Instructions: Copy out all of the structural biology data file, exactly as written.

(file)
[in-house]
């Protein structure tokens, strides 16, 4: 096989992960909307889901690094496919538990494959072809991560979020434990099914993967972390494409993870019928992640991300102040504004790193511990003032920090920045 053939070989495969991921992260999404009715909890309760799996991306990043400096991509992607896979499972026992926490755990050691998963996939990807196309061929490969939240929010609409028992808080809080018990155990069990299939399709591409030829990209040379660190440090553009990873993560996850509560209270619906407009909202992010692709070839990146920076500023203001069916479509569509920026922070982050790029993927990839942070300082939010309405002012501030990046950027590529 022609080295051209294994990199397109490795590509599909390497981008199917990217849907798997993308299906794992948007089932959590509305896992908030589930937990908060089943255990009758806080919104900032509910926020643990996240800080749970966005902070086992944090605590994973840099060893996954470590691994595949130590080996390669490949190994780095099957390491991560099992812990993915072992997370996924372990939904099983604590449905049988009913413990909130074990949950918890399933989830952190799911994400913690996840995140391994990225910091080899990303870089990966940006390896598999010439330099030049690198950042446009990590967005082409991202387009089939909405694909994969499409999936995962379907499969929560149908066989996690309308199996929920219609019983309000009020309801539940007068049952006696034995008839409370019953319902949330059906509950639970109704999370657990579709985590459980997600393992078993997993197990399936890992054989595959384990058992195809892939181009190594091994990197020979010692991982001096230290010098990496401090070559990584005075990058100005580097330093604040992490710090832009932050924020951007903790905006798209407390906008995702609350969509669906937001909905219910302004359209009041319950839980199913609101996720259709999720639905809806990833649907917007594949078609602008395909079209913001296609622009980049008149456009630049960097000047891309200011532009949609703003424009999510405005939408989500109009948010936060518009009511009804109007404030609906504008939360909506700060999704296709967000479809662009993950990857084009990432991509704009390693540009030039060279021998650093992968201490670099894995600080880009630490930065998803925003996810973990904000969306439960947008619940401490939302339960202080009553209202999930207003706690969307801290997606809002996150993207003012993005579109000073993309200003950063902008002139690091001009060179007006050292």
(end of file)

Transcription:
[in-house]
């Protein structure tokens, strides 16, 4: 096989992960909307889901690094496919538990494959072809991560979020434990099914993967972390494409993870019928992640991300102040504004790193511990003032920090920045 053939070989495969991921992260999404009715909890309760799996991306990043400096991509992607896979499972026992926490755990050691998963996939990807196309061929490969939240929010609409028992808080809080018990155990069990299939399709591409030829990209040379660190440090553009990873993560996850509560209270619906407009909202992010692709070839990146920076500023203001069916479509569509920026922070982050790029993927990839942070300082939010309405002012501030990046950027590529 022609080295051209294994990199397109490795590509599909390497981008199917990217849907798997993308299906794992948007089932959590509305896992908030589930937990908060089943255990009758806080919104900032509910926020643990996240800080749970966005902070086992944090605590994973840099060893996954470590691994595949130590080996390669490949190994780095099957390491991560099992812990993915072992997370996924372990939904099983604590449905049988009913413990909130074990949950918890399933989830952190799911994400913690996840995140391994990225910091080899990303870089990966940006390896598999010439330099030049690198950042446009990590967005082409991202387009089939909405694909994969499409999936995962379907499969929560149908066989996690309308199996929920219609019983309000009020309801539940007068049952006696034995008839409370019953319902949330059906509950639970109704999370657990579709985590459980997600393992078993997993197990399936890992054989595959384990058992195809892939181009190594091994990197020979010692991982001096230290010098990496401090070559990584005075990058100005580097330093604040992490710090832009932050924020951007903790905006798209407390906008995702609350969509669906937001909905219910302004359209009041319950839980199913609101996720259709999720639905809806990833649907917007594949078609602008395909079209913001296609622009980049008149456009630049960097000047891309200011532009949609703003424009999510405005939408989500109009948010936060518009009511009804109007404030609906504008939360909506700060999704296709967000479809662009993950990857084009990432991509704009390693540009030039060279021998650093992968201490670099894995600080880009630490930065998803925003996810973990904000969306439960947008619940401490939302339960202080009553209202999930207003706690969307801290997606809002996150993207003012993005579109000073993309200003950063902008002139690091001009060179007006050292």